Leadership in South Korea faced mounting pressure to pick sides in an ongoing controversy over territorial rights to the South China Sea ahead of important summits with regional allies, the Korea Times reported Thursday. Tensions in the South China Sea have reached a boiling point in the region, after a U.S. naval ship sailed through an area that China has claimed as its own territory.

The 750 small islands that are called the Spratly Islands, though small and unpopulated, are valuable as they sit at the cross-section of several major trade routes. The surrounding waters have yet to be explored thoroughly and could contain valuable resources, such as oil and minerals. 

China has made the largest land claim, with Malaysia, the Philippines and other neighboring countries also submitting claims. Despite the matter never having been resolved, China has sparked anger by building artificial islands in order to beef up its sovereignty claim over the territory.

Relations between South Korea and China have grown increasingly amicable through the years, while the U.S. also stands as an important economic and political ally. The United States has refused to recognize Chinese sovereignty in the region, treating the area as international waters and sailing through it, leaving South Korea increasingly caught in the middle.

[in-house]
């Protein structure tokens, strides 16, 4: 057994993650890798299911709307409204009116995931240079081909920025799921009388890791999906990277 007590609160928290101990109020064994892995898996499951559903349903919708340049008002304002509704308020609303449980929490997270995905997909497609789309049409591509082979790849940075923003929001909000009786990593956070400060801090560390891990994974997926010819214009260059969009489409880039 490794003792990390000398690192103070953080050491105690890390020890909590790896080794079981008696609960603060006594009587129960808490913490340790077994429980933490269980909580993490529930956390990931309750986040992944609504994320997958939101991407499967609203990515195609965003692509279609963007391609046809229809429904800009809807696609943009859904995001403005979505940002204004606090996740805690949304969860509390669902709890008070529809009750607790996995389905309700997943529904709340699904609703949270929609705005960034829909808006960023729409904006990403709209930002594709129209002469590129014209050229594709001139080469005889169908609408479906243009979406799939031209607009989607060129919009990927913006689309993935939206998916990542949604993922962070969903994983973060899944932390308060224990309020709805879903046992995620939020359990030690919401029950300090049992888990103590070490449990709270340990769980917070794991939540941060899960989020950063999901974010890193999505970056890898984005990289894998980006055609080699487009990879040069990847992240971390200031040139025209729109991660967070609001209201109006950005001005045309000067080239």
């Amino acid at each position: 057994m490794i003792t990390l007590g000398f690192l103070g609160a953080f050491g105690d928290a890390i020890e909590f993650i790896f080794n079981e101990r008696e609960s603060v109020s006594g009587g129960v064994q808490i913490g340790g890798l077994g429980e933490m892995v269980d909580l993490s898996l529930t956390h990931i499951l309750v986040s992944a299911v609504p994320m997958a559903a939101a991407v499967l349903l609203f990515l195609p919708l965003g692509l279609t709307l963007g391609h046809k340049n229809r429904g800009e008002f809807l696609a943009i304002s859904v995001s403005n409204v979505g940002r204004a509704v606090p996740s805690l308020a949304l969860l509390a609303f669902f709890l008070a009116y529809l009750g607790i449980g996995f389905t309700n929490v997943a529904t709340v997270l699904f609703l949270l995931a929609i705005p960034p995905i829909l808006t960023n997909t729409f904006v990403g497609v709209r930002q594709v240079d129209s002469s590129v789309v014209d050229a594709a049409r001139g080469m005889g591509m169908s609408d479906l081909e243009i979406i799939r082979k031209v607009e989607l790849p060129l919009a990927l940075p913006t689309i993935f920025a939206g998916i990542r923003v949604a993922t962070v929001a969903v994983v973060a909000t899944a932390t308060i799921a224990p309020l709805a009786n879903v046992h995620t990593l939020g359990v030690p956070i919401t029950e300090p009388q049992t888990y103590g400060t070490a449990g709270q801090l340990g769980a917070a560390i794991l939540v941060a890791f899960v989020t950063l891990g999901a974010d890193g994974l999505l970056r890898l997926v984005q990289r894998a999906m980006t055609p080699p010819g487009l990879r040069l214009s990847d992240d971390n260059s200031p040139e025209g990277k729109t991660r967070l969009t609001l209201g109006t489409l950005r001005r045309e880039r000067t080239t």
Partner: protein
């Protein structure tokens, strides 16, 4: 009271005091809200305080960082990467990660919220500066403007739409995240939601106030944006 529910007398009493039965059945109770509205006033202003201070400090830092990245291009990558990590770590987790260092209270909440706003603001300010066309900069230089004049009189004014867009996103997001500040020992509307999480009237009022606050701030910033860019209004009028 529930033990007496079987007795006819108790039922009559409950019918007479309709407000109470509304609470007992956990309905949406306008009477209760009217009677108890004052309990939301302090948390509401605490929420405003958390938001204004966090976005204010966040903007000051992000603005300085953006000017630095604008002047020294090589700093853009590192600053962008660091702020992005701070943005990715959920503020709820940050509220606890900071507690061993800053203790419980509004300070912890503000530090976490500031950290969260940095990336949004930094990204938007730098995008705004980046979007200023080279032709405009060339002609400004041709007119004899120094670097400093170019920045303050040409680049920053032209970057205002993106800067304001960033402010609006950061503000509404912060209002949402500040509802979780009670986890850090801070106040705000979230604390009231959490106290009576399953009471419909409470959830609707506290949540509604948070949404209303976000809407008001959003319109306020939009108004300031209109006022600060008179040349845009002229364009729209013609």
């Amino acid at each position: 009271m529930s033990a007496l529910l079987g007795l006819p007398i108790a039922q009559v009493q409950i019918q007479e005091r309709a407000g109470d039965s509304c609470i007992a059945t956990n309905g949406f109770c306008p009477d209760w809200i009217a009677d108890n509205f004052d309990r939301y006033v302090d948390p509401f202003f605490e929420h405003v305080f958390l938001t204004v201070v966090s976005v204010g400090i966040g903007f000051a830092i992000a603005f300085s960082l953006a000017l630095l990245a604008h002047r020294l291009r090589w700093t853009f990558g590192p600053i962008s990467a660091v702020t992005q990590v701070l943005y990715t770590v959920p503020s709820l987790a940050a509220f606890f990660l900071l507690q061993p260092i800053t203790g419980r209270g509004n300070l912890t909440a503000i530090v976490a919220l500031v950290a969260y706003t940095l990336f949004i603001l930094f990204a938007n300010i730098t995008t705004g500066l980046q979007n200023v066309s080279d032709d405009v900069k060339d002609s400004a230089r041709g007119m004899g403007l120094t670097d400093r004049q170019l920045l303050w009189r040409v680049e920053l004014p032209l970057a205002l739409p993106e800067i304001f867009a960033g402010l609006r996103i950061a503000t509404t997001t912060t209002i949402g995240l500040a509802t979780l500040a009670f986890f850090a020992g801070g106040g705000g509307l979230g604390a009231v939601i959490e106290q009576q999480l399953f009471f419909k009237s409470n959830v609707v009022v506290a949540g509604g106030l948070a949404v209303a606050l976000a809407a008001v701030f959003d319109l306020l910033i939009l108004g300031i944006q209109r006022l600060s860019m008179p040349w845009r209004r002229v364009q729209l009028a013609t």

South Korean President Park Geun-hye is set to meet with Chinese leadership Saturday and the Japanese Prime Minister Abe Shinzo Monday. Japan is a close ally with the U.S. and is expected to push Park to support Washington over Beijing.

Japan was expected to lobby on behalf of U.S. interests in preventing China's land claim, policy experts told the Korea Times. "Prime Minister Abe may bring up the issue during the meeting with Park, because Japan wants to highlight it on behalf of the U.S. government," said Bong Young-shik, a researcher at the Asan Institute for Policy Studies.